Michael Mahadeo has lived in Northern Ireland since the mid 1980s, when he moved here from British Guyana. He speaks about growing up in Guyana during its decolonization, and about the most notorious part of the country’s recent history — the Jonestown massacre, in which hundreds of American citizens killed themselves on a compound in rural Guyana. Michael also discusses being an ethnic minority in Northern Ireland, adjusting to the Troubles, and whether it’s ever possible to become a local here.
In the first half hour, Mandy Jones and Julie Rea of the Simon Community NI discuss why homelessness is on the rise in Belfast, how their group works to address it, and what results they’ve seen. In the second half, Carla Pflueger talks about owning and working in Wilma’s Candy & Fudge Factory over the past twenty-some years. She and her husband Harold started the business in the basement of their home in Saxonburg, Pennsylvania and sold it 2 years ago. Carla talks about the art of making candies, the catastrophes that can happen in a chocolate factory, and what life after chocolate holds for her.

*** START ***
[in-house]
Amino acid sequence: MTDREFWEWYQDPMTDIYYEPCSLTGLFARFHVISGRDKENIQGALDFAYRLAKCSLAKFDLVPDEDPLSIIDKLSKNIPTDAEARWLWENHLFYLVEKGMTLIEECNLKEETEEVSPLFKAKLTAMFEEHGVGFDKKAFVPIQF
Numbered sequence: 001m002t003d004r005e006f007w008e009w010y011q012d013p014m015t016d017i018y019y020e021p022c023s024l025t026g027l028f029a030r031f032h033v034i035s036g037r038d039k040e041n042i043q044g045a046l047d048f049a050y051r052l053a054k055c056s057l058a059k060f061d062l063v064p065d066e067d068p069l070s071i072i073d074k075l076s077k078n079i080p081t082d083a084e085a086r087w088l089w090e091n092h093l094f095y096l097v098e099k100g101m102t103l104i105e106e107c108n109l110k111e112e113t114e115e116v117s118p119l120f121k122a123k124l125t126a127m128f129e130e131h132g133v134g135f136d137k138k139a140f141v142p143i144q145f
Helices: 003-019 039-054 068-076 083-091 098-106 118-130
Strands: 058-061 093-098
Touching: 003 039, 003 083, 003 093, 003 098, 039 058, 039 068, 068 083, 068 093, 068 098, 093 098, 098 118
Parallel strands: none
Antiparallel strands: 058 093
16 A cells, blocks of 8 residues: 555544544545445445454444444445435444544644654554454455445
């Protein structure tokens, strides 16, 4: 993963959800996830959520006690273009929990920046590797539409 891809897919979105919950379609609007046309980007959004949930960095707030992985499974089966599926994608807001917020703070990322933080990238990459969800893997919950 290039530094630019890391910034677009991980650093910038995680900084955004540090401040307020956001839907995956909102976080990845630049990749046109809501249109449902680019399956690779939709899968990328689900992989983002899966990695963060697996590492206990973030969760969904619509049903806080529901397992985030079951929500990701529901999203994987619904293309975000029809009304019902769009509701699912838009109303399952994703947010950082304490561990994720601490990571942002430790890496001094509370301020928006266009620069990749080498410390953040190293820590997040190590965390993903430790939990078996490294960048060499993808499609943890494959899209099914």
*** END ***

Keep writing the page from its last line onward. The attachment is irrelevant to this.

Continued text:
Episode 9 considers local politics: of the Orange Order in Northern Ireland and the City Council of Pittsburgh, Pennsylvania. In the first half, David Hume talks about the future of the Orange Order, including its new superhero figure and tourism initiatives. Mid-July has been rechristened as ‘Orangefest’ and the Orange Order has big plans for brining more foreigners and locals together for the parades and activities around the 12th. Hume also discusses the Order’s international links, in Canada, the US, and Africa, along with its concerns for attracting young Northern Irish men to join its ranks.
In the second half, Patrick Dowd explains how he won a seat on Pittsburgh’s City Council and his plans for the city. He went from graduate student to teacher to politician, but his victory was not an easy one. Winning a seat as a Democrat but initially without the endorsement of Pittsburgh’s Democratic Party, Dowd had to mobilize the grassroots of the community, going from door to door to door and fount out a tremendous amount about the Pittsburgh neighborhoods he now represents.